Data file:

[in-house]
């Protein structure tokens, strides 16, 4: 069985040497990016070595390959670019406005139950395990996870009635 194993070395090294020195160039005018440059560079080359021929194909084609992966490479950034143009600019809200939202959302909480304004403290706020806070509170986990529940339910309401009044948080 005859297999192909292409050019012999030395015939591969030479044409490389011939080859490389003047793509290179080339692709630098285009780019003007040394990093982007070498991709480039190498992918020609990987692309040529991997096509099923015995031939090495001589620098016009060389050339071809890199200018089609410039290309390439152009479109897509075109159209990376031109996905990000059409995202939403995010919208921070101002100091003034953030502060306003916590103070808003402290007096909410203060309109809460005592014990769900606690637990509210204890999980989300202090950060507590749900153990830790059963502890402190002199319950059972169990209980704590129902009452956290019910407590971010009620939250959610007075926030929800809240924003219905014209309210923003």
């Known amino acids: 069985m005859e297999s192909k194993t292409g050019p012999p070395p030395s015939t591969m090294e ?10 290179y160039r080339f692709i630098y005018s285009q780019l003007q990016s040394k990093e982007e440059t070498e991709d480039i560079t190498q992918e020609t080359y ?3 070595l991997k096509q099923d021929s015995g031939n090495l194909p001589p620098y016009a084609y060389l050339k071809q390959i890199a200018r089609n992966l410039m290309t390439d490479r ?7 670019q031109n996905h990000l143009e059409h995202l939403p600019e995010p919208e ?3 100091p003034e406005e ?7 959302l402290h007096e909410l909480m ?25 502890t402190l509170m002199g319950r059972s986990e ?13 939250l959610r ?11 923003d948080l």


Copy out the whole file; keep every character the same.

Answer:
[in-house]
């Protein structure tokens, strides 16, 4: 069985040497990016070595390959670019406005139950395990996870009635 194993070395090294020195160039005018440059560079080359021929194909084609992966490479950034143009600019809200939202959302909480304004403290706020806070509170986990529940339910309401009044948080 005859297999192909292409050019012999030395015939591969030479044409490389011939080859490389003047793509290179080339692709630098285009780019003007040394990093982007070498991709480039190498992918020609990987692309040529991997096509099923015995031939090495001589620098016009060389050339071809890199200018089609410039290309390439152009479109897509075109159209990376031109996905990000059409995202939403995010919208921070101002100091003034953030502060306003916590103070808003402290007096909410203060309109809460005592014990769900606690637990509210204890999980989300202090950060507590749900153990830790059963502890402190002199319950059972169990209980704590129902009452956290019910407590971010009620939250959610007075926030929800809240924003219905014209309210923003």
């Known amino acids: 069985m005859e297999s192909k194993t292409g050019p012999p070395p030395s015939t591969m090294e ?10 290179y160039r080339f692709i630098y005018s285009q780019l003007q990016s040394k990093e982007e440059t070498e991709d480039i560079t190498q992918e020609t080359y ?3 070595l991997k096509q099923d021929s015995g031939n090495l194909p001589p620098y016009a084609y060389l050339k071809q390959i890199a200018r089609n992966l410039m290309t390439d490479r ?7 670019q031109n996905h990000l143009e059409h995202l939403p600019e995010p919208e ?3 100091p003034e406005e ?7 959302l402290h007096e909410l909480m ?25 502890t402190l509170m002199g319950r059972s986990e ?13 939250l959610r ?11 923003d948080l």